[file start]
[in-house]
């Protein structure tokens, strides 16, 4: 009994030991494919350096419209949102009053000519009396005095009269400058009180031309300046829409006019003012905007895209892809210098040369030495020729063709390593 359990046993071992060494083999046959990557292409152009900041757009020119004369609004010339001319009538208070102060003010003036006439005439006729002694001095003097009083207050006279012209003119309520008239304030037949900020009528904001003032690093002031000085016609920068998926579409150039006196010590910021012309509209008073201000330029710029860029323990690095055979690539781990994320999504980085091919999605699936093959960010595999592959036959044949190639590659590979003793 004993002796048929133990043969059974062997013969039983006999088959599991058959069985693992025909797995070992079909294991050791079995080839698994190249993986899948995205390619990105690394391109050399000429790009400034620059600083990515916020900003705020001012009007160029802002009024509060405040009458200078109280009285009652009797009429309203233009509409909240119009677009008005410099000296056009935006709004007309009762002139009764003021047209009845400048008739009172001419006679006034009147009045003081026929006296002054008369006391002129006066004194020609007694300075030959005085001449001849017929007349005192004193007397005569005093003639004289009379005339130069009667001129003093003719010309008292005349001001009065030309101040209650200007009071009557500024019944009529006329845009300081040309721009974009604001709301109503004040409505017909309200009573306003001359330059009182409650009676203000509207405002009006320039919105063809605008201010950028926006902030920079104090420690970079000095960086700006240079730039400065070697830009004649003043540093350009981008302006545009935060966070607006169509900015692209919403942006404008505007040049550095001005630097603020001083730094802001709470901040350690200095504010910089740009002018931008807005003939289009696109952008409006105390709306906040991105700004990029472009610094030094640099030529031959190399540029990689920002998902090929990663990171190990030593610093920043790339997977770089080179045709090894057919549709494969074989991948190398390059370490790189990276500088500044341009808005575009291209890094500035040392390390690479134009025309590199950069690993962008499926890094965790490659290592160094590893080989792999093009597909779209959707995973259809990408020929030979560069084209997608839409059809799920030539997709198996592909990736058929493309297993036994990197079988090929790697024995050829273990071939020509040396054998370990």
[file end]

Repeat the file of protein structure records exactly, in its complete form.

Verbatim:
[in-house]
């Protein structure tokens, strides 16, 4: 009994030991494919350096419209949102009053000519009396005095009269400058009180031309300046829409006019003012905007895209892809210098040369030495020729063709390593 359990046993071992060494083999046959990557292409152009900041757009020119004369609004010339001319009538208070102060003010003036006439005439006729002694001095003097009083207050006279012209003119309520008239304030037949900020009528904001003032690093002031000085016609920068998926579409150039006196010590910021012309509209008073201000330029710029860029323990690095055979690539781990994320999504980085091919999605699936093959960010595999592959036959044949190639590659590979003793 004993002796048929133990043969059974062997013969039983006999088959599991058959069985693992025909797995070992079909294991050791079995080839698994190249993986899948995205390619990105690394391109050399000429790009400034620059600083990515916020900003705020001012009007160029802002009024509060405040009458200078109280009285009652009797009429309203233009509409909240119009677009008005410099000296056009935006709004007309009762002139009764003021047209009845400048008739009172001419006679006034009147009045003081026929006296002054008369006391002129006066004194020609007694300075030959005085001449001849017929007349005192004193007397005569005093003639004289009379005339130069009667001129003093003719010309008292005349001001009065030309101040209650200007009071009557500024019944009529006329845009300081040309721009974009604001709301109503004040409505017909309200009573306003001359330059009182409650009676203000509207405002009006320039919105063809605008201010950028926006902030920079104090420690970079000095960086700006240079730039400065070697830009004649003043540093350009981008302006545009935060966070607006169509900015692209919403942006404008505007040049550095001005630097603020001083730094802001709470901040350690200095504010910089740009002018931008807005003939289009696109952008409006105390709306906040991105700004990029472009610094030094640099030529031959190399540029990689920002998902090929990663990171190990030593610093920043790339997977770089080179045709090894057919549709494969074989991948190398390059370490790189990276500088500044341009808005575009291209890094500035040392390390690479134009025309590199950069690993962008499926890094965790490659290592160094590893080989792999093009597909779209959707995973259809990408020929030979560069084209997608839409059809799920030539997709198996592909990736058929493309297993036994990197079988090929790697024995050829273990071939020509040396054998370990």